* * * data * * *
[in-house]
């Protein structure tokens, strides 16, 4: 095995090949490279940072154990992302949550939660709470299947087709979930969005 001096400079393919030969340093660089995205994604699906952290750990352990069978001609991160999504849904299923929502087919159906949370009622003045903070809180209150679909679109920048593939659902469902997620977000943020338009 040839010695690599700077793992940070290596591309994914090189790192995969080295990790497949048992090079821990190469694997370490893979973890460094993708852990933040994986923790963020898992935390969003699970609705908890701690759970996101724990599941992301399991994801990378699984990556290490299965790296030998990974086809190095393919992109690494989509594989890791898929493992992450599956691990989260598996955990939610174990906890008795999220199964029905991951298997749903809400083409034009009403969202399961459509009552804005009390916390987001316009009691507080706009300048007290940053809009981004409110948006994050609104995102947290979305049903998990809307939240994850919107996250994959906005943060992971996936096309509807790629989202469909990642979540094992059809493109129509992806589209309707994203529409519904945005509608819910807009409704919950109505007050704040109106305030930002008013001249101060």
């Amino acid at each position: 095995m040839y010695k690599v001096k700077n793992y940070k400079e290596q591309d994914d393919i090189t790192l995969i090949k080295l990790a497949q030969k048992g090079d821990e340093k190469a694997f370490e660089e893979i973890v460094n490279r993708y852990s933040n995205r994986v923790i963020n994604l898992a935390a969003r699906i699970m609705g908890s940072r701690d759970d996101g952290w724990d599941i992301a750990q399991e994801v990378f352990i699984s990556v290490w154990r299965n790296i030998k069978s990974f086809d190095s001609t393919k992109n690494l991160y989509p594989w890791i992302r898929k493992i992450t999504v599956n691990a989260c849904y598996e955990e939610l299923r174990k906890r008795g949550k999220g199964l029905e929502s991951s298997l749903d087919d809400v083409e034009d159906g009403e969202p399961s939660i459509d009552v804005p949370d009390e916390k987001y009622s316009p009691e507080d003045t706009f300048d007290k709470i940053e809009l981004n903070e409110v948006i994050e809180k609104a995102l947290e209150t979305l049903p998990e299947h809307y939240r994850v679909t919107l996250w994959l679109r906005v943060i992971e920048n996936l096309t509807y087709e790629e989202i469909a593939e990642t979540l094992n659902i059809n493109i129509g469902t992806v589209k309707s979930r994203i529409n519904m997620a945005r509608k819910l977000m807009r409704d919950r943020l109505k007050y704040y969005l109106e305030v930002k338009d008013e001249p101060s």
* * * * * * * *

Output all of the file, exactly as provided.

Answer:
[in-house]
């Protein structure tokens, strides 16, 4: 095995090949490279940072154990992302949550939660709470299947087709979930969005 001096400079393919030969340093660089995205994604699906952290750990352990069978001609991160999504849904299923929502087919159906949370009622003045903070809180209150679909679109920048593939659902469902997620977000943020338009 040839010695690599700077793992940070290596591309994914090189790192995969080295990790497949048992090079821990190469694997370490893979973890460094993708852990933040994986923790963020898992935390969003699970609705908890701690759970996101724990599941992301399991994801990378699984990556290490299965790296030998990974086809190095393919992109690494989509594989890791898929493992992450599956691990989260598996955990939610174990906890008795999220199964029905991951298997749903809400083409034009009403969202399961459509009552804005009390916390987001316009009691507080706009300048007290940053809009981004409110948006994050609104995102947290979305049903998990809307939240994850919107996250994959906005943060992971996936096309509807790629989202469909990642979540094992059809493109129509992806589209309707994203529409519904945005509608819910807009409704919950109505007050704040109106305030930002008013001249101060």
């Amino acid at each position: 095995m040839y010695k690599v001096k700077n793992y940070k400079e290596q591309d994914d393919i090189t790192l995969i090949k080295l990790a497949q030969k048992g090079d821990e340093k190469a694997f370490e660089e893979i973890v460094n490279r993708y852990s933040n995205r994986v923790i963020n994604l898992a935390a969003r699906i699970m609705g908890s940072r701690d759970d996101g952290w724990d599941i992301a750990q399991e994801v990378f352990i699984s990556v290490w154990r299965n790296i030998k069978s990974f086809d190095s001609t393919k992109n690494l991160y989509p594989w890791i992302r898929k493992i992450t999504v599956n691990a989260c849904y598996e955990e939610l299923r174990k906890r008795g949550k999220g199964l029905e929502s991951s298997l749903d087919d809400v083409e034009d159906g009403e969202p399961s939660i459509d009552v804005p949370d009390e916390k987001y009622s316009p009691e507080d003045t706009f300048d007290k709470i940053e809009l981004n903070e409110v948006i994050e809180k609104a995102l947290e209150t979305l049903p998990e299947h809307y939240r994850v679909t919107l996250w994959l679109r906005v943060i992971e920048n996936l096309t509807y087709e790629e989202i469909a593939e990642t979540l094992n659902i059809n493109i129509g469902t992806v589209k309707s979930r994203i529409n519904m997620a945005r509608k819910l977000m807009r409704d919950r943020l109505k007050y704040y969005l109106e305030v930002k338009d008013e001249p101060s």